In 2020, Colorado enacted a statewide paid family and medical leave insurance program, following roughly a dozen states that have adopted similar programs in recent years. Since that time, the state has been building a new state-run Paid Family and Medical Leave Insurance (FAMLI) program pursuant to this law, and recently published a series of guidance documents and regulations regarding FAMLI.
The FAMLI program is not yet live, and the obligation to provide paid benefits under the program does not begin until Jan. 1, 2024. However, the first phase of the FAMLI program take effect on Jan. 1, 2023, which means that employers should start planning for this new program now to avoid being caught unprepared. While we anticipate additional guidance from the Colorado Department of Labor and Employment (CDLE or department), Colorado employers should start thinking today about the implications that FAMLI will have on their business.
Nearly All Colorado Employers Will Be Covered By FAMLI
To briefly recap, starting Jan. 1, 2024, employees covered by the FAMLI program will be entitled to take paid leave for any of the following reasons:
- To care for their own serious health condition.
- To care for a family member’s serious health condition.
- To care for a new child, including adopted and fostered children, during the first year after birth, adoption or placement of the child.
- To make arrangements for a family member’s military deployment.
- To take “safe leave,” meaning leave because the employee or employee’s family member is the victim of domestic violence, stalking, or sexual assault or abuse.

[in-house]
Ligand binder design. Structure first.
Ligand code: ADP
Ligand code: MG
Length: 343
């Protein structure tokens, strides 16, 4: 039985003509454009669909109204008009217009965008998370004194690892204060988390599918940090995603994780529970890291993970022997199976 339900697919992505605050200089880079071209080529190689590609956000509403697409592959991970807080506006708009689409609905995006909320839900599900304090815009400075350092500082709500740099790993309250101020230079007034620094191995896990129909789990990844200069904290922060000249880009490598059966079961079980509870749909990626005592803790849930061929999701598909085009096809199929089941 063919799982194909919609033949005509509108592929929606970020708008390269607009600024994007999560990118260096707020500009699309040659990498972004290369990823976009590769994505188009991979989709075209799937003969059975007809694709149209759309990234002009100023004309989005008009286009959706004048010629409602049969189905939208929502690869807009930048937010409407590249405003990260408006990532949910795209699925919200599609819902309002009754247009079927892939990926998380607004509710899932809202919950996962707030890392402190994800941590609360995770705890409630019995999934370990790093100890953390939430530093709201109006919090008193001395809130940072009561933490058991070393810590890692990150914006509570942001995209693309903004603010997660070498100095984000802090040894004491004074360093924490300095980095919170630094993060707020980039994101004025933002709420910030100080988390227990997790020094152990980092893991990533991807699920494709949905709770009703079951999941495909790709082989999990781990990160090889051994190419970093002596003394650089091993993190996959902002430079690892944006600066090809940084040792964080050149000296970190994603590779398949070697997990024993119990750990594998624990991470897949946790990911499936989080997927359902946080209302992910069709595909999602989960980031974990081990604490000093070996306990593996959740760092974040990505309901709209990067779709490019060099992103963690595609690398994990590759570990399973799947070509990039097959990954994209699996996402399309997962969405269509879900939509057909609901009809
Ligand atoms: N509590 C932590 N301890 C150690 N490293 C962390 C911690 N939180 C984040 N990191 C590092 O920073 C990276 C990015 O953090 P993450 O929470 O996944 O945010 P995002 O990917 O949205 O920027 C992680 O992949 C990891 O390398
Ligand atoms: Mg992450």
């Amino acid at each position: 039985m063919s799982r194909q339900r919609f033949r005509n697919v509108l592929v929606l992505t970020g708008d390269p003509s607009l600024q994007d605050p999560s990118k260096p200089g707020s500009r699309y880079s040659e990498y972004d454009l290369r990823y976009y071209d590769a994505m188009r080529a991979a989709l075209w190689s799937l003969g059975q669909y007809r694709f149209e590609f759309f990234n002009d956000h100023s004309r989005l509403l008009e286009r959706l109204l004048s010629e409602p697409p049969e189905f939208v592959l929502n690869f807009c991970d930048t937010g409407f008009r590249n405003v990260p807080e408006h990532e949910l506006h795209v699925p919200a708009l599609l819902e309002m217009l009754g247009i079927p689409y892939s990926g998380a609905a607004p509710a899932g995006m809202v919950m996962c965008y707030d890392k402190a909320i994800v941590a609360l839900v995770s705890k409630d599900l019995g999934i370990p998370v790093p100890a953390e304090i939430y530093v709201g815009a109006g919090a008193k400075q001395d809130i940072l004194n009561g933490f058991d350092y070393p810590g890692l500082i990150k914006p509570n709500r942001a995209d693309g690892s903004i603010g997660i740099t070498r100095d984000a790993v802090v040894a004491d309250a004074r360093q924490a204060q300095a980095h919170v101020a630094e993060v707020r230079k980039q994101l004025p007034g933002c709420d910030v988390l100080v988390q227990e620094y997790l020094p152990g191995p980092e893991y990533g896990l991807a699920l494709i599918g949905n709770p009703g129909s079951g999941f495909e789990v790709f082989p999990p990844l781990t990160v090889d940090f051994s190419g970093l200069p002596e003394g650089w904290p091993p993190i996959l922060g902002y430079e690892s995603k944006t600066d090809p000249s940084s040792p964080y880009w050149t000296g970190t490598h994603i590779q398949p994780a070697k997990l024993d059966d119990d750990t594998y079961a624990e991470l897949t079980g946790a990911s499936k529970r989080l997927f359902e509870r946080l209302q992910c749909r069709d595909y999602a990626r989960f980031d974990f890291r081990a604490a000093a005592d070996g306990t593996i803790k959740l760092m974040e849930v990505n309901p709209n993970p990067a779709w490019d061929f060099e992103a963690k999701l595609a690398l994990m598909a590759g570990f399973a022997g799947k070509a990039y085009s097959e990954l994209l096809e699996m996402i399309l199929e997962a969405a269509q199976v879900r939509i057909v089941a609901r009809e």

Employees can take 12 weeks of paid leave, unless leave is needed due to a pregnancy- or childbirth-related complication, in which case, an employee can receive an additional 4 weeks of FAMLI leave, giving the employee a total of 16 weeks. The FAMLI benefits will not be full wage replacement, and eligible employees will instead receive partial wage replacement depending on their earnings, capped at $1,100 per week.
Any employer with at least one employee in Colorado must provide paid family and medical leave to its eligible Colorado employees.
The program is structured similarly to unemployment insurance, in that the state will pay employees directly when they are on FAMLI leave. Employers are not responsible for paying an employee’s salary or wages while they are on FAMLI leave.
One area of the law on which the state has already issued regulations relates to premiums to fund the program. While employees cannot take FAMLI benefits until 2024, premiums are due under the program starting Jan. 1, 2023.